Other work on the living room that I did included replacing fluorescent lighting with incandescent (plan, not installation) and plan and color (along with Ginny) for the carpet. Clark Pardee not only determined the original color for the ceiling, but personally painted it. Another restoration done by pros paid for by Ginny's funding is the fireplace pool. I voted in favor of rebuilding the bridge, finishing the gold highlights in the relief above the fireplace opening and executing the fireplace screen, but nothing came of that.
Ginny located an original wall sconce that had been designed by RMS and had hung in the loggia. She, Jim and I went to the owners in the Valley and made field notes on the dimensions. I drew a full-scale plan, but in the end, Jim, who was not entirely won over by my eccentric drawing conventions, borrowed the light and made two reproes from it first-hand, which was, of course, the smart thing to do. Carla Lind, first director of FLWBC and in charge of restoration at Meyer May, evaluated the restoration projects we had done on a shoestring at Hollyhock (before the carpet), and estimated we got $300K worth of work, which had cost us less than one tenth of that.
Feel free to bury me is this sort of stuff any time!
As an aside, what is your understanding of the fate of the original set? The official statement seems to be that they disappeared "sometime before 1974", but this was the first I'd heard of pieces coming on the market.
The rest of the structure was removed at some unknown date, stored at some unknown location and disappeared at some unknown time. One story that has hung around for a long time is that they were stored at the Greek Theatre and used to construct sets. No evidence that the story is true, however.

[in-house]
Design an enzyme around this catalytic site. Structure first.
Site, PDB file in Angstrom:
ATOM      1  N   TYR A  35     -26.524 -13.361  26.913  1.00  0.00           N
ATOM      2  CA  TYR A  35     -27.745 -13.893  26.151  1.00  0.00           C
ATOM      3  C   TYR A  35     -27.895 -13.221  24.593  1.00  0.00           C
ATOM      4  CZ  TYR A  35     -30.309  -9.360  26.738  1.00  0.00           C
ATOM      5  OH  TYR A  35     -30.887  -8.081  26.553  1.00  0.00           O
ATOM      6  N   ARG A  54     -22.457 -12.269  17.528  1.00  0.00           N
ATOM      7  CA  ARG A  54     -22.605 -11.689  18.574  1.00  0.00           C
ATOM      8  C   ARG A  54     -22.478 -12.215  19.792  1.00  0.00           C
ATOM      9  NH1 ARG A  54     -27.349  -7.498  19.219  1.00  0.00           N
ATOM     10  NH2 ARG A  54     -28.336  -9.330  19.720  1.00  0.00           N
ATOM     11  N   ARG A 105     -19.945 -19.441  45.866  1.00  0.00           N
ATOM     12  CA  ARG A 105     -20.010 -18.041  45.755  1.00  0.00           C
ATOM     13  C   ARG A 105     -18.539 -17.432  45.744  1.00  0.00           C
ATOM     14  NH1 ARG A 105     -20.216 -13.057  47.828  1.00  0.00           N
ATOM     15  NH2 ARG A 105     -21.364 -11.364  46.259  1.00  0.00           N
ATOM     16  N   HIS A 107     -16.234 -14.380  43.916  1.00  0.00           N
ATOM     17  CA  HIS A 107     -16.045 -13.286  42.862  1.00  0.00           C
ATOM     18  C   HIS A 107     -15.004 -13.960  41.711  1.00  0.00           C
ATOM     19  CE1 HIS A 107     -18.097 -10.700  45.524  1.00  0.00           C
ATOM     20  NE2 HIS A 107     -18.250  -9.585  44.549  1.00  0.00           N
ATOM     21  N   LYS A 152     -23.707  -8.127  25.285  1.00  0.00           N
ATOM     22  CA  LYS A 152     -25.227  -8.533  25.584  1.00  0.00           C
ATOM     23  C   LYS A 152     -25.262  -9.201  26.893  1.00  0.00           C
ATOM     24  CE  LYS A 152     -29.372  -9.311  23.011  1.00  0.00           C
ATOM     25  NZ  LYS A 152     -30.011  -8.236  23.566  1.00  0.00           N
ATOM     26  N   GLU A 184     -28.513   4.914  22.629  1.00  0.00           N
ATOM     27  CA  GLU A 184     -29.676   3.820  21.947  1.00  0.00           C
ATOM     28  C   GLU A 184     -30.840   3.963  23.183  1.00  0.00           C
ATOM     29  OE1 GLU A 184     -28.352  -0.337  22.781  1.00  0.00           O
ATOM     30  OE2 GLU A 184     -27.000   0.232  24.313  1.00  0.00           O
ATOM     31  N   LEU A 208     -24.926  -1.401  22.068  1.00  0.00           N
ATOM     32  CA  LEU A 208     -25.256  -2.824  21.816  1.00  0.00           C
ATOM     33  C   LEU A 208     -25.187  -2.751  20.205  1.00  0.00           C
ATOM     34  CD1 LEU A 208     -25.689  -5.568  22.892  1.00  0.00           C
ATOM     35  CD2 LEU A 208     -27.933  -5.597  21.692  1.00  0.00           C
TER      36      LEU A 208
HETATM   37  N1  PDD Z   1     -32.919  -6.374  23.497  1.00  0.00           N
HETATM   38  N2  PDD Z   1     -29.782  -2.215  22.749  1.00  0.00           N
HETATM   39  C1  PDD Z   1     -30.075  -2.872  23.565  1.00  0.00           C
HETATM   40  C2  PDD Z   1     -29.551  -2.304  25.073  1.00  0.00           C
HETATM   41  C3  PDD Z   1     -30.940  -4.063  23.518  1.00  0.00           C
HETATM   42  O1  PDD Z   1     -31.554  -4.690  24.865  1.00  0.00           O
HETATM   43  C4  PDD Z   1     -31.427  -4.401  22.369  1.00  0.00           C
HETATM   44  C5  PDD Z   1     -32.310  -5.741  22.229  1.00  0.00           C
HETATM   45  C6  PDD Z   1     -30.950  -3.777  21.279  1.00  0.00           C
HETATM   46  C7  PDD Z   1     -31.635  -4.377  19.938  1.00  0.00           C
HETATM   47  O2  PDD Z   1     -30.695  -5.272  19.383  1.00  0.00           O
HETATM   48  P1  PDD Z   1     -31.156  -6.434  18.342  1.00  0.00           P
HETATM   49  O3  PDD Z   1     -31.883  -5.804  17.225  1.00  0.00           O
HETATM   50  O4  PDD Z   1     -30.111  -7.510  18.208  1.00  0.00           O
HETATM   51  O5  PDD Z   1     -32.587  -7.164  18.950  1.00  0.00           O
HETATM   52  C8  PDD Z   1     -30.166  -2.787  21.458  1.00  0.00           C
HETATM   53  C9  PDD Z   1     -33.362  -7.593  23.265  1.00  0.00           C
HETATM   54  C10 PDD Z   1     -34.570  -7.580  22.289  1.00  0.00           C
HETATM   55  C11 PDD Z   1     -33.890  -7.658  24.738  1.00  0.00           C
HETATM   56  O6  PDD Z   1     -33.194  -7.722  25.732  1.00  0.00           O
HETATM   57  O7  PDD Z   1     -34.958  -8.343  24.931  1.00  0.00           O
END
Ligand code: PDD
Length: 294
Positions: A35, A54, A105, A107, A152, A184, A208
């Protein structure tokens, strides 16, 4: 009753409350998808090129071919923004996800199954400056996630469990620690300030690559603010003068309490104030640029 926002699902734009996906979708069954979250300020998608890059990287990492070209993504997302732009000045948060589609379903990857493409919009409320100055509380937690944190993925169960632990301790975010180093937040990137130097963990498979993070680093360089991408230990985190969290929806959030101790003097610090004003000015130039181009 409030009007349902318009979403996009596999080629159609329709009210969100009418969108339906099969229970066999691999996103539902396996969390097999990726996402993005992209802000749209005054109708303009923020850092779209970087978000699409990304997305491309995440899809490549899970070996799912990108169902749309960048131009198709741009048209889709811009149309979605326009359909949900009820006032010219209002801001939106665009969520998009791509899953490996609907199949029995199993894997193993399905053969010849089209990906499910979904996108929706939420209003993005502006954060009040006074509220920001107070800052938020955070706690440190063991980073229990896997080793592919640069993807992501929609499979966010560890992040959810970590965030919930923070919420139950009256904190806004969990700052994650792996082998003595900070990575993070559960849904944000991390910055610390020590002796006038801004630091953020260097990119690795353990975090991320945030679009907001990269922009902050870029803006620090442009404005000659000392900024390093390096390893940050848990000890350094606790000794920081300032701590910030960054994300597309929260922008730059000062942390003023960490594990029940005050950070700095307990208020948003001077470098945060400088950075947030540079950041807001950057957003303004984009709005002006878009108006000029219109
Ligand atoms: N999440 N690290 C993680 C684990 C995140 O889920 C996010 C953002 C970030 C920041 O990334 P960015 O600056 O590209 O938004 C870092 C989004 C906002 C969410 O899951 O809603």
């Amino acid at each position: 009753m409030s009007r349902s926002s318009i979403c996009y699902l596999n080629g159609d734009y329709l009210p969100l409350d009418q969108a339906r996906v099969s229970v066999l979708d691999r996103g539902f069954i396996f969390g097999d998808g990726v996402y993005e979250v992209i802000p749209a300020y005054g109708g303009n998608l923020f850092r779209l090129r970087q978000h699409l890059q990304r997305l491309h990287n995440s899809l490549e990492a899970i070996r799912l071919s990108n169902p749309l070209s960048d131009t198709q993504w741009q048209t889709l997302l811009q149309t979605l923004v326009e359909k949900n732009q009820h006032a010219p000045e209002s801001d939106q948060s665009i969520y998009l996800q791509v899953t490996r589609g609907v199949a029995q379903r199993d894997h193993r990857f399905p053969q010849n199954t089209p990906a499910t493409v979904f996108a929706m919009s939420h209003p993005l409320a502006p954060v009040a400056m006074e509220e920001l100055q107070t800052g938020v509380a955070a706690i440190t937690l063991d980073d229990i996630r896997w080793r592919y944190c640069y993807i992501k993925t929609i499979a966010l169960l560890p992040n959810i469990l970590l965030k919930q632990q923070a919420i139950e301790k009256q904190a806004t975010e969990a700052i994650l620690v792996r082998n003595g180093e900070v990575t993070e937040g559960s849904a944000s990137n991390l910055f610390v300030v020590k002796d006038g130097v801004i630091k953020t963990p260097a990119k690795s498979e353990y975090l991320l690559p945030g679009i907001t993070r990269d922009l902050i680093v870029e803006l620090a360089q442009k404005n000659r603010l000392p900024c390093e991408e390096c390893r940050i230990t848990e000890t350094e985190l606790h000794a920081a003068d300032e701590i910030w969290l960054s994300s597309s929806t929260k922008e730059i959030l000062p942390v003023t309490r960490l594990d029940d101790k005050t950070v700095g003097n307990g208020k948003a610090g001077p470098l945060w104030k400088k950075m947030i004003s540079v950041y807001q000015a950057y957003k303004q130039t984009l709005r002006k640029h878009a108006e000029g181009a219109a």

There was a time when the house was boarded up and horribly vandalized. In the 40s, it was used as a sort of USO for WWII veterans with alterations done by FLW and Jr. In 1954, an addition was designed by FLW that used the kennels as a spine for an exhibition space, along the lines of the one in NYC, for the traveling show of FLW's work. The well-known photo of FLW, seated, contemplating the Larkin Building, on the cover of Guerrero's book, "Picturing Wright," was taken in that building. The structure remained until the new museum was built in the 70s. With its translucent roof, the temperatures inside soared. At one exhibition, paint on a Van Gogh began to peal off. That's when it was decided a new building was needed.
A friend of mine, who was in his teens in the 40s, said he used to go up to the park for wild parties held in Residence B when Edmund Teske lived there. His memory of the place is not sharp, but he said it was a mess. The false story that the skylight in the Hollyhock living room used to retract so one could see stars reflected in the pool (a notion idiotic on the face of it) may come from the fact that a similar skylight in Res. B was broken, allowing weather to come in. We all know it never rains in California, but, boy, let me warn you, it pours, man, it pours!
I heard a docent (a new one, at that) quote that very story just yesterday, so you can understand why getting it right is so important to me. I intend to correct those errors in the current docent crop.
and about the skylight...I am sure I read somewhere that Wright himself said you could see the stars reflected in the water of the moat. Now that could have been hyperbole, or it could mean that Lloyd replaced the art glass in the skylight in the 40s.
What a man (and his crew) does is what we are left with -- a more-than-overflowing cornucopia, it seems to me. The truth is quite enough . . .